Most industries are now knowledge-based industries, from agriculture to manufacturing, construction to mining. These industries have , to a large extend, moved away from physical labor to mechanization and automation. Manual labor is to a large degree now reserved for areas where skills are highly specialized or not yet cost effective to automate. Many skilled artisans and factory floor workers now operate computerized equipment during a shift of “manual” labor. The machines do the predictable work where every potential option is defined and coded in their “workflow”. The unpredictable is still left to humans.
Service based industries are no different. It just relies on less manufacturing and shop-floor machines and more on people. Much of the routine, known and structured work, is done by a few computerized systems that use ERP, CRM, Workflow or dedicated Line of Business (LOB) applications to gain improved efficiencies.
People are critical in these service based industries like Banking and Financial Services, Healthcare, Pharmaceuticals, Retail, Professional Services, Education, Social Services and many, many more. People handle the unstructured work to develop new products, service customers and work within the governance frameworks for those specific industries or even patterns of work.
Risk is known for structured work. It is part of the business analysis done before a new structured system or machine is designed. But unstructured work remains a challenge. People have a “mind of their own” and don’t always follow the prescribed path, policy or work instruction. Most often they don’t have a choice. Their work is dictated by external forces (customers, suppliers, legislation etc.) and they are in reactionary mode.
They evaluate the (contextual) information at hand and make decisions based on their knowledge, experience and intuition. This is unstructured work and it is “risky”. You can’t always control it with business rules, set workflows and rigid business applications. Their decisions will determine the outcome of the event.
By automating structured work, we achieve a standardized outcome,which is what we want. This is important to all the transactions or activities where we control the factors that influence them. Automation and business rules can manage these. This is often achieved with “Systems of Transaction”. It is high volume and repetitive. Failures are generally systemic (the system fails). It is an area that most enterprises have under control. They can produce standardized outcomes for much of their transactional areas. Just think of ATM withdrawal processes for a bank or MRP runs for a vehicle manufacturer.
But standardization doesn’t make you different. It makes you the same as everyone else. Differentiation and Competitive Advantage are key drivers for most (if not all) organizations today. They need “Systems of Differentiation” and “Systems of Innovation” to remain competitive. This means unstructured work that is unpredictable with increased risk. It means relying on people to make decisions that will impact the outcome of a specific business process. By managing the unstructured, unpredictable work, we achieve unique outcomes, which is what we want.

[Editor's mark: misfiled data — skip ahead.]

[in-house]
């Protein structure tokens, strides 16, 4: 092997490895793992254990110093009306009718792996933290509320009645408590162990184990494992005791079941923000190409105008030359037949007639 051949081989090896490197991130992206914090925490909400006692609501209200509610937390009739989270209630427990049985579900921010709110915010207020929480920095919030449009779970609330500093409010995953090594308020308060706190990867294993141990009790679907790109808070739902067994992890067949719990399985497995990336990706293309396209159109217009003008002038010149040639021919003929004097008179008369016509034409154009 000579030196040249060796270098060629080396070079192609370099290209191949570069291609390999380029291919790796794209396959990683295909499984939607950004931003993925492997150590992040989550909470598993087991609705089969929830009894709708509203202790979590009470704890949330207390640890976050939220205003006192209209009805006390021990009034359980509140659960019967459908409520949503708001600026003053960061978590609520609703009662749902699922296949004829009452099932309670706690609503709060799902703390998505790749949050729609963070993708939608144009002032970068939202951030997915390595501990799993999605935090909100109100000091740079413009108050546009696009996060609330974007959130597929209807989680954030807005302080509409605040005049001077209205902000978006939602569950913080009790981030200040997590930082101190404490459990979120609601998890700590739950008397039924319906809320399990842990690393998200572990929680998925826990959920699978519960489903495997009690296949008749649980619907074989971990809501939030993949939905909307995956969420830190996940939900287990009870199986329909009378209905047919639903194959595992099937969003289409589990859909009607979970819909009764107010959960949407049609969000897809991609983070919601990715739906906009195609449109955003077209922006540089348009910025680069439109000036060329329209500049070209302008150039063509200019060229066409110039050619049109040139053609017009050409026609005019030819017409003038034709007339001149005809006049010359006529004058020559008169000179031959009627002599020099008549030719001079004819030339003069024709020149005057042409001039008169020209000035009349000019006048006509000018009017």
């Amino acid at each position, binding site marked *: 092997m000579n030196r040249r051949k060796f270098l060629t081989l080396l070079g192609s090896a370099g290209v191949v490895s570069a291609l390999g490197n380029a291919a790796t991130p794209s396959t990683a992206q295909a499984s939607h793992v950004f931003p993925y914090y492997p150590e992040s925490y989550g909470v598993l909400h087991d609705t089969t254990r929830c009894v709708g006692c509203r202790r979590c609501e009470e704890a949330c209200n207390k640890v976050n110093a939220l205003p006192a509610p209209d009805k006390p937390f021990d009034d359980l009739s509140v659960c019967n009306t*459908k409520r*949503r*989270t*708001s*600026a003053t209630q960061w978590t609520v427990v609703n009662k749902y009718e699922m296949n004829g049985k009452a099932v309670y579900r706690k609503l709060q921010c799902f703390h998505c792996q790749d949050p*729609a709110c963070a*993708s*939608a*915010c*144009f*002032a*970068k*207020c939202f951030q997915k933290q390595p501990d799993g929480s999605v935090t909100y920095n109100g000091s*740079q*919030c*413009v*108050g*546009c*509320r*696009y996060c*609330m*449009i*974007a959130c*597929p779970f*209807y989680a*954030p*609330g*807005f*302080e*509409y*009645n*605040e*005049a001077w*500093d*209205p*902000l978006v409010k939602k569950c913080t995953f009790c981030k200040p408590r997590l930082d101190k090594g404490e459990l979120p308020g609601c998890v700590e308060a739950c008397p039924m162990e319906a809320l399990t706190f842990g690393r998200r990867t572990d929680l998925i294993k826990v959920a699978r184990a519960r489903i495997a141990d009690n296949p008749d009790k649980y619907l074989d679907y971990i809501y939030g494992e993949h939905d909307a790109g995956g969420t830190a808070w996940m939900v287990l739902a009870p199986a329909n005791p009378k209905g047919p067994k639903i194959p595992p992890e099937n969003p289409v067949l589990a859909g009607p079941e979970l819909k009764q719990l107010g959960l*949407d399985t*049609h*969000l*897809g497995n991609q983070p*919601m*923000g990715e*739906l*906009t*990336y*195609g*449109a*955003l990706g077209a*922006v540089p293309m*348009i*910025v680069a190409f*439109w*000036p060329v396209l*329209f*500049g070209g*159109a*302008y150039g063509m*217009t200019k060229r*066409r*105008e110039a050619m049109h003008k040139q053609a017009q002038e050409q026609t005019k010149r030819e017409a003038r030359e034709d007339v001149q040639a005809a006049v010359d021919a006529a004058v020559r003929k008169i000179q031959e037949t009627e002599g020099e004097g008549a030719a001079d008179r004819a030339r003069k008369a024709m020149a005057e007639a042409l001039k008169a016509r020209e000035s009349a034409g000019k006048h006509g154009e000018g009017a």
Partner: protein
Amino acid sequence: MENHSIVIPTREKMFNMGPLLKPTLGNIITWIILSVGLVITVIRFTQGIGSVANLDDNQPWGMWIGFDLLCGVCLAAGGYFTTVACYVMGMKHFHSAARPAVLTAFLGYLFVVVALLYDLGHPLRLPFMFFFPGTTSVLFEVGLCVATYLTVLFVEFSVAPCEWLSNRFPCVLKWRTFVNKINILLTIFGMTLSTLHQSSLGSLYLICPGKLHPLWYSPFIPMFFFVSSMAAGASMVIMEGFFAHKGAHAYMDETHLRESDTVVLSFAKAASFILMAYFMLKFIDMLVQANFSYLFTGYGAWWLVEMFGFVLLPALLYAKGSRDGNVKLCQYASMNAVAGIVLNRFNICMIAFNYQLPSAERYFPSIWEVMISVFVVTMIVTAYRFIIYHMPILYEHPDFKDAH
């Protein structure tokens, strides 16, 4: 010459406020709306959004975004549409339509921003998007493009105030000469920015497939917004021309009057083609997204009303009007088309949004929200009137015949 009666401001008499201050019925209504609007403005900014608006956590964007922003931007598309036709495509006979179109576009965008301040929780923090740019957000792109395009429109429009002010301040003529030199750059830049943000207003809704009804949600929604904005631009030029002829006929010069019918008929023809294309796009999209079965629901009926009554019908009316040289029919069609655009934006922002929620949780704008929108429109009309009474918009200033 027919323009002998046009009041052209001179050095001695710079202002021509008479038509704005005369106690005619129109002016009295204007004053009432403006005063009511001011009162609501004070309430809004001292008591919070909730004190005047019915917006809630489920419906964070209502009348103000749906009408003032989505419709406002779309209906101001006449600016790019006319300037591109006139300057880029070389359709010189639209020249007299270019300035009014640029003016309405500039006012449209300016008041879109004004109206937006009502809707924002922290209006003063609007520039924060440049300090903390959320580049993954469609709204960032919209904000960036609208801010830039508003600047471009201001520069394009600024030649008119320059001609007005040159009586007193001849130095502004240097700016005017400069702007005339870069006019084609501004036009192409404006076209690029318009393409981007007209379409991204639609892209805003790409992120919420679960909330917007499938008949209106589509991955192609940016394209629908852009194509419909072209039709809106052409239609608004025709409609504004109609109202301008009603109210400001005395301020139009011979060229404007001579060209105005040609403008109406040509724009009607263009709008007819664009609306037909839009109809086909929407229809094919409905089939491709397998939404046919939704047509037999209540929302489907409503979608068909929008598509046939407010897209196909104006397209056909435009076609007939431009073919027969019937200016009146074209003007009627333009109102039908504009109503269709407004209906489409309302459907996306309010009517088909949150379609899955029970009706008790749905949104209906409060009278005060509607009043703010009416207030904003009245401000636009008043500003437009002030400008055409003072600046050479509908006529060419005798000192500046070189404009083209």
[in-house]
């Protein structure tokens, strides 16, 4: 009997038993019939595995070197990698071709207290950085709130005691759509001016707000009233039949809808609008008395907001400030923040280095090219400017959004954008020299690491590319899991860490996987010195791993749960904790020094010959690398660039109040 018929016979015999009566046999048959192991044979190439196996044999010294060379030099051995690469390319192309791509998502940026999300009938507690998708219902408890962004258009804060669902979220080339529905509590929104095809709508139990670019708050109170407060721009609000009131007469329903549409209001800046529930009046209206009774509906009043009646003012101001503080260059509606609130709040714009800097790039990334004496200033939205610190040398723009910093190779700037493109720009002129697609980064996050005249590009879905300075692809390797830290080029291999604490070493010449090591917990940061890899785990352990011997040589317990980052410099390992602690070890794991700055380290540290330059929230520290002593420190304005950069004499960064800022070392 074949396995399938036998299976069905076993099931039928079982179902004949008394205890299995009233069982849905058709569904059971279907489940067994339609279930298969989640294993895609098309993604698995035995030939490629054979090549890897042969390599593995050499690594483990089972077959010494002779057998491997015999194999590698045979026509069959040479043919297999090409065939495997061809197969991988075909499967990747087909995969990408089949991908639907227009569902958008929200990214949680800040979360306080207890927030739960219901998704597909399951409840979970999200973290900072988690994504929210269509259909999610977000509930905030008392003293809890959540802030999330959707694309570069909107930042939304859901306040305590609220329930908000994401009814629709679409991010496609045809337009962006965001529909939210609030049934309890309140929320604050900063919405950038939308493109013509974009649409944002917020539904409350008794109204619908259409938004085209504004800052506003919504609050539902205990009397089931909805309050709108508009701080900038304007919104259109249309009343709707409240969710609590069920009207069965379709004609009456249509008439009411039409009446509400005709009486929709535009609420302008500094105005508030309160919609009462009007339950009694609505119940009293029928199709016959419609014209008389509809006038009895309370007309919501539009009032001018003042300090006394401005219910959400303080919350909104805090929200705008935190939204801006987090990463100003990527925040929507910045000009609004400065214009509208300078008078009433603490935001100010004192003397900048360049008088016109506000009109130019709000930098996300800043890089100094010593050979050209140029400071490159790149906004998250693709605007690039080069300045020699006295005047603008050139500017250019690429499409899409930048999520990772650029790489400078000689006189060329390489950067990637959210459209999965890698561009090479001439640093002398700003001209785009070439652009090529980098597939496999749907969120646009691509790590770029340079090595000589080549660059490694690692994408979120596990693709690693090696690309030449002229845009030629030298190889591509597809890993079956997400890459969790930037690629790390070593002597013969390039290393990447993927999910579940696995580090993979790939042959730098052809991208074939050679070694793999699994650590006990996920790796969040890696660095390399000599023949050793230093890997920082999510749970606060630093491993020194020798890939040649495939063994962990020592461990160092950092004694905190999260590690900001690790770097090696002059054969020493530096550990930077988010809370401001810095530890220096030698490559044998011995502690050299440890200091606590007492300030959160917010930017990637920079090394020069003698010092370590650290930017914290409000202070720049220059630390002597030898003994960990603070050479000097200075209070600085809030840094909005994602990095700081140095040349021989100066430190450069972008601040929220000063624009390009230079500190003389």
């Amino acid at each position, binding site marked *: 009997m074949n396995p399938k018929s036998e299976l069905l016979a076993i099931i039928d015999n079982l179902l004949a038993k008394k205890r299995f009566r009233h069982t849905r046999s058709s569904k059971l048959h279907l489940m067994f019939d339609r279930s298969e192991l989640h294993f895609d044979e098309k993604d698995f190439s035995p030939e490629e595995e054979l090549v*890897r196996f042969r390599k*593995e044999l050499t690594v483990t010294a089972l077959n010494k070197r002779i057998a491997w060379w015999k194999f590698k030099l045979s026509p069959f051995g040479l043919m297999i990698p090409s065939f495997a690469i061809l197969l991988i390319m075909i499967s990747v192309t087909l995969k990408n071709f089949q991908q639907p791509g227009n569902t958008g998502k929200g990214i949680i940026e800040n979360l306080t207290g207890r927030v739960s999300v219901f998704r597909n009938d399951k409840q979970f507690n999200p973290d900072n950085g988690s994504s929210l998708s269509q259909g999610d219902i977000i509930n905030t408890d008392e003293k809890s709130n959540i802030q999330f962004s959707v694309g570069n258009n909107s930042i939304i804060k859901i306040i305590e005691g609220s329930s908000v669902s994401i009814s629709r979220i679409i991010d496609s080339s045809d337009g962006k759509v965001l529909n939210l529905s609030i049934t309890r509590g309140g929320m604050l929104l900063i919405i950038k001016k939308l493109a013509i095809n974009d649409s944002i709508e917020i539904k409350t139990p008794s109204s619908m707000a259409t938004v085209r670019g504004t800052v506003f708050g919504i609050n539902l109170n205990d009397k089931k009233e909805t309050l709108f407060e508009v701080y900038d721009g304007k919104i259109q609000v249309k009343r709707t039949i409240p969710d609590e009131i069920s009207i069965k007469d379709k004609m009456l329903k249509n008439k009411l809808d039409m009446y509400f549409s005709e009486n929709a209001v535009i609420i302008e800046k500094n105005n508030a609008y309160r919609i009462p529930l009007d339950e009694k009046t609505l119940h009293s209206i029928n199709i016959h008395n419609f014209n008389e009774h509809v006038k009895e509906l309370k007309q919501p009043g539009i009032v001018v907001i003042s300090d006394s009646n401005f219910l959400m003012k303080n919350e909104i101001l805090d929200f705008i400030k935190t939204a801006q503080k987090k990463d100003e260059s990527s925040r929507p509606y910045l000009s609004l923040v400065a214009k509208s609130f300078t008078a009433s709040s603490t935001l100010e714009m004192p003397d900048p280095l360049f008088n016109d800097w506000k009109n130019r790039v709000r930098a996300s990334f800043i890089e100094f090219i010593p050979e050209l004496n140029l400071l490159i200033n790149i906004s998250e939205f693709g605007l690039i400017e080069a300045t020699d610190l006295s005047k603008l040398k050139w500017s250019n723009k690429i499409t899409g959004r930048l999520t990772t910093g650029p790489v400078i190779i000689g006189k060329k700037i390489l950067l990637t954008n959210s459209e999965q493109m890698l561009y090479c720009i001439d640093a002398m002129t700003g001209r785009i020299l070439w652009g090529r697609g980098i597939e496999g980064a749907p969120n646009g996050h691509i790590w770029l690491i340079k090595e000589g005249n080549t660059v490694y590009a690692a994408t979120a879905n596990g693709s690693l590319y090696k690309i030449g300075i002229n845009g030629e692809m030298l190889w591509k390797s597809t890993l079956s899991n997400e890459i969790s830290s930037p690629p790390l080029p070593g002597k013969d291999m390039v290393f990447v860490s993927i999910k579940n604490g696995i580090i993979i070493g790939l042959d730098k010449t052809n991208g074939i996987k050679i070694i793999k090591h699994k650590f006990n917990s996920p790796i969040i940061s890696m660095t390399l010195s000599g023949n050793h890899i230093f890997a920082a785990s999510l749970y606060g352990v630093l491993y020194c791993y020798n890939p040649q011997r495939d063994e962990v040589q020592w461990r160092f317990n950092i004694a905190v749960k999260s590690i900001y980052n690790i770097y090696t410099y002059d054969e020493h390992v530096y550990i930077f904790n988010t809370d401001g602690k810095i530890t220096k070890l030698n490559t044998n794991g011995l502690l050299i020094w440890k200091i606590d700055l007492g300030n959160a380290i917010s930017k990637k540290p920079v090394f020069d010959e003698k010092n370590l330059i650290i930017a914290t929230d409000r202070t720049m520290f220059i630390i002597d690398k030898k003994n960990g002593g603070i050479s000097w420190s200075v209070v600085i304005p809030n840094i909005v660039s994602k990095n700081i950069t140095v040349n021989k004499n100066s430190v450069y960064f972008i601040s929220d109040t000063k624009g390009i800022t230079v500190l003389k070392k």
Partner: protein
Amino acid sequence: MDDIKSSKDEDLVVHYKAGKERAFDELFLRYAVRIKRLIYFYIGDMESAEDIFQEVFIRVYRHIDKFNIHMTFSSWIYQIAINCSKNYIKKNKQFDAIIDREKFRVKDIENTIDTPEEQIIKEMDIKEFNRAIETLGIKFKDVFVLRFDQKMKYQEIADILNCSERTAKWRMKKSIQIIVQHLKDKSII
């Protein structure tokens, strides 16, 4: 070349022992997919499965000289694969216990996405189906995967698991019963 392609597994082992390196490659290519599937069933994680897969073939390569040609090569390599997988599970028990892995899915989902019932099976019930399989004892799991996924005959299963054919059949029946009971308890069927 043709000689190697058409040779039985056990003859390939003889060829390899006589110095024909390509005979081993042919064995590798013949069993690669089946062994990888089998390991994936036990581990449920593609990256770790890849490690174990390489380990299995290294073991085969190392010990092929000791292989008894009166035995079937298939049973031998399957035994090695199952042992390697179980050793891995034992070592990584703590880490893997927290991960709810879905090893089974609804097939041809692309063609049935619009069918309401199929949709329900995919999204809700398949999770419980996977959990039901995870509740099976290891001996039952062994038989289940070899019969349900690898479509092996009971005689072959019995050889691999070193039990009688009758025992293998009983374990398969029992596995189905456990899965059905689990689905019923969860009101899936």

Many organizations don’t distinguish between the two different styles of work and try to use the same machines, tools and techniques to address both. This causes high impact failures and increased risk in terms of:
It more than often results in customer service failure, highly stressed or demotivated employees and fines and penalties for breaching rules and regulations. See www.sec.gov for some of the fines and penalties imposed on businesses as a result of a “process failure”.
These are generally not process failures, but failing to support the unstructured knowledge work with the right tools. BPM tools that are based on workflow technology are not architected to solve the unpredictability of work where the flow path is not known in advance. They rely on the fact that all potential paths can be mapped in advance and that there are a finite set of business rules that control all process flows. This approached is flawed by design and results in many re-designs as organizations often attempt to cater for the dynamic nature of real work.
Managing unstructured work with unique outcomes for each transaction requires an event-based, rather than workflow-based, architecture. It requires multiple routing options for complex work routines and decision support for knowledge workers to make the right decisions. It needs built-in operational intelligence and a business rules framework to support governance and compliance. It needs to easily integrate to structured business systems without compromising the ability to manage unpredictable work. But it needs to retain the person as the director in charge to make decisions based on knowledge, experience and intuition.
The human brain can process an infinite number of possible courses of action. Workflow can only process what has been defined, mapped and coded.
That’s why workflow doesn’t work for 80% of the work that you do everyday, in your specific job, in your specific industry.
XMPro is an event-based work management toolset that excels at managing complex, integrated, unpredictable work where the flow is not known in advance and every activity requires a different outcome. XMPro does it all in a governance framework that ensures your unstructured, unpredictable processes don’t become uncontrolled messaging (like your email system), but that it becomes a decisions support system for people that are hired for their knowledge and skills to provide the differentiation and innovation that give your business an “unfair” competitive advantage. Work happens, manage it.